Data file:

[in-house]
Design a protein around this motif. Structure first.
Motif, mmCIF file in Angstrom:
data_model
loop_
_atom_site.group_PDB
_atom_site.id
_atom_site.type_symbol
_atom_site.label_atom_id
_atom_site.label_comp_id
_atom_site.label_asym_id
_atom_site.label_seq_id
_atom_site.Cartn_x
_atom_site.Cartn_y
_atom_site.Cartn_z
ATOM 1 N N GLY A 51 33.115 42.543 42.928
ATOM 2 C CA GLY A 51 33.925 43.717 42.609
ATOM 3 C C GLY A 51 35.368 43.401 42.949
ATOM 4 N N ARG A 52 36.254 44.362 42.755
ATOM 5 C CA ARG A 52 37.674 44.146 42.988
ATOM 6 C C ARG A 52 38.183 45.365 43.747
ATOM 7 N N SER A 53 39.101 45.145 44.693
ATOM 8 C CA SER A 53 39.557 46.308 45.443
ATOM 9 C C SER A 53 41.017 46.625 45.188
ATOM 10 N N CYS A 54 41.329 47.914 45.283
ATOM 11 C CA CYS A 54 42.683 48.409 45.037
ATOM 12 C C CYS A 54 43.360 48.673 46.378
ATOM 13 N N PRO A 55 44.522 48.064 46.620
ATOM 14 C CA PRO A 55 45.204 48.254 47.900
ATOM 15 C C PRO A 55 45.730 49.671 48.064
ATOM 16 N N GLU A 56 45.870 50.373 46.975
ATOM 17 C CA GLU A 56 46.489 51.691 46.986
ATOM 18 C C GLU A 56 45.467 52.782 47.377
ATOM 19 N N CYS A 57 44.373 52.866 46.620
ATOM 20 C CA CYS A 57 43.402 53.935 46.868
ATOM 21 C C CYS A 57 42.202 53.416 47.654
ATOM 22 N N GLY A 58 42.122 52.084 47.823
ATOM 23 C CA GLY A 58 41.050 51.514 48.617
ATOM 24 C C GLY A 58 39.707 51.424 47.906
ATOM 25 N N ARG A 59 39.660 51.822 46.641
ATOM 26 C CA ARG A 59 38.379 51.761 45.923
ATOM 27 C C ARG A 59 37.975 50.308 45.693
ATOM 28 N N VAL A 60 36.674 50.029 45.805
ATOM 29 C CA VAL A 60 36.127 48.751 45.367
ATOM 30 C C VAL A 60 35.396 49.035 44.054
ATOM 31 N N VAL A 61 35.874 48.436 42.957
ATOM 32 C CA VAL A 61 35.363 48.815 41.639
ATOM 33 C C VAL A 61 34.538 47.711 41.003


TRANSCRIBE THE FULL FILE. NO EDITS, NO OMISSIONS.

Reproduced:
[in-house]
Design a protein around this motif. Structure first.
Motif, mmCIF file in Angstrom:
data_model
loop_
_atom_site.group_PDB
_atom_site.id
_atom_site.type_symbol
_atom_site.label_atom_id
_atom_site.label_comp_id
_atom_site.label_asym_id
_atom_site.label_seq_id
_atom_site.Cartn_x
_atom_site.Cartn_y
_atom_site.Cartn_z
ATOM 1 N N GLY A 51 33.115 42.543 42.928
ATOM 2 C CA GLY A 51 33.925 43.717 42.609
ATOM 3 C C GLY A 51 35.368 43.401 42.949
ATOM 4 N N ARG A 52 36.254 44.362 42.755
ATOM 5 C CA ARG A 52 37.674 44.146 42.988
ATOM 6 C C ARG A 52 38.183 45.365 43.747
ATOM 7 N N SER A 53 39.101 45.145 44.693
ATOM 8 C CA SER A 53 39.557 46.308 45.443
ATOM 9 C C SER A 53 41.017 46.625 45.188
ATOM 10 N N CYS A 54 41.329 47.914 45.283
ATOM 11 C CA CYS A 54 42.683 48.409 45.037
ATOM 12 C C CYS A 54 43.360 48.673 46.378
ATOM 13 N N PRO A 55 44.522 48.064 46.620
ATOM 14 C CA PRO A 55 45.204 48.254 47.900
ATOM 15 C C PRO A 55 45.730 49.671 48.064
ATOM 16 N N GLU A 56 45.870 50.373 46.975
ATOM 17 C CA GLU A 56 46.489 51.691 46.986
ATOM 18 C C GLU A 56 45.467 52.782 47.377
ATOM 19 N N CYS A 57 44.373 52.866 46.620
ATOM 20 C CA CYS A 57 43.402 53.935 46.868
ATOM 21 C C CYS A 57 42.202 53.416 47.654
ATOM 22 N N GLY A 58 42.122 52.084 47.823
ATOM 23 C CA GLY A 58 41.050 51.514 48.617
ATOM 24 C C GLY A 58 39.707 51.424 47.906
ATOM 25 N N ARG A 59 39.660 51.822 46.641
ATOM 26 C CA ARG A 59 38.379 51.761 45.923
ATOM 27 C C ARG A 59 37.975 50.308 45.693
ATOM 28 N N VAL A 60 36.674 50.029 45.805
ATOM 29 C CA VAL A 60 36.127 48.751 45.367
ATOM 30 C C VAL A 60 35.396 49.035 44.054
ATOM 31 N N VAL A 61 35.874 48.436 42.957
ATOM 32 C CA VAL A 61 35.363 48.815 41.639
ATOM 33 C C VAL A 61 34.538 47.711 41.003